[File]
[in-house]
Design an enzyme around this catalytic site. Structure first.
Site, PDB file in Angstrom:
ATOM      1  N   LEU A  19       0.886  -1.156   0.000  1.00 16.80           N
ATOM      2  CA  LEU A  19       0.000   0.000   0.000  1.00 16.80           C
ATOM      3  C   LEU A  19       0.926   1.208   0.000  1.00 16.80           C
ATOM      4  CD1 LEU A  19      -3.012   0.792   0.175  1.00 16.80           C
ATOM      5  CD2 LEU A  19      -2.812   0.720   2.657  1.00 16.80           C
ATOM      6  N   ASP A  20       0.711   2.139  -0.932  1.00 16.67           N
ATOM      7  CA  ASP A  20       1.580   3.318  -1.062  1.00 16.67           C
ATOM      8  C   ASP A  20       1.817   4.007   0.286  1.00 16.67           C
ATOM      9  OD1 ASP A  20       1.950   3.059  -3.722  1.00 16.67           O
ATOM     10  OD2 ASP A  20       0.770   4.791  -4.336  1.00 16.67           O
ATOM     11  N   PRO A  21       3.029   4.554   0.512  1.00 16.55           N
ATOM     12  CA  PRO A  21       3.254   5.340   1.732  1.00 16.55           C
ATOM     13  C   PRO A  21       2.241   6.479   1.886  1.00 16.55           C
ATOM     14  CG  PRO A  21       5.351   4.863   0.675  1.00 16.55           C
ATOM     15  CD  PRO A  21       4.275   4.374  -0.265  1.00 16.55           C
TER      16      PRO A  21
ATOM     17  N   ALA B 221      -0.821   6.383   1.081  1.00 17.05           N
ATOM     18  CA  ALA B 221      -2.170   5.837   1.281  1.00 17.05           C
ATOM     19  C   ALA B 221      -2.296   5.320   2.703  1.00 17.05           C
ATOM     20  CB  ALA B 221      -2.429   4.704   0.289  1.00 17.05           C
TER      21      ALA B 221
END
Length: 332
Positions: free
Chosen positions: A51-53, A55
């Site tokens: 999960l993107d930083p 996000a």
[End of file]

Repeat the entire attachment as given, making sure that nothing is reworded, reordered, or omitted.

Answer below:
[in-house]
Design an enzyme around this catalytic site. Structure first.
Site, PDB file in Angstrom:
ATOM      1  N   LEU A  19       0.886  -1.156   0.000  1.00 16.80           N
ATOM      2  CA  LEU A  19       0.000   0.000   0.000  1.00 16.80           C
ATOM      3  C   LEU A  19       0.926   1.208   0.000  1.00 16.80           C
ATOM      4  CD1 LEU A  19      -3.012   0.792   0.175  1.00 16.80           C
ATOM      5  CD2 LEU A  19      -2.812   0.720   2.657  1.00 16.80           C
ATOM      6  N   ASP A  20       0.711   2.139  -0.932  1.00 16.67           N
ATOM      7  CA  ASP A  20       1.580   3.318  -1.062  1.00 16.67           C
ATOM      8  C   ASP A  20       1.817   4.007   0.286  1.00 16.67           C
ATOM      9  OD1 ASP A  20       1.950   3.059  -3.722  1.00 16.67           O
ATOM     10  OD2 ASP A  20       0.770   4.791  -4.336  1.00 16.67           O
ATOM     11  N   PRO A  21       3.029   4.554   0.512  1.00 16.55           N
ATOM     12  CA  PRO A  21       3.254   5.340   1.732  1.00 16.55           C
ATOM     13  C   PRO A  21       2.241   6.479   1.886  1.00 16.55           C
ATOM     14  CG  PRO A  21       5.351   4.863   0.675  1.00 16.55           C
ATOM     15  CD  PRO A  21       4.275   4.374  -0.265  1.00 16.55           C
TER      16      PRO A  21
ATOM     17  N   ALA B 221      -0.821   6.383   1.081  1.00 17.05           N
ATOM     18  CA  ALA B 221      -2.170   5.837   1.281  1.00 17.05           C
ATOM     19  C   ALA B 221      -2.296   5.320   2.703  1.00 17.05           C
ATOM     20  CB  ALA B 221      -2.429   4.704   0.289  1.00 17.05           C
TER      21      ALA B 221
END
Length: 332
Positions: free
Chosen positions: A51-53, A55
């Site tokens: 999960l993107d930083p 996000a």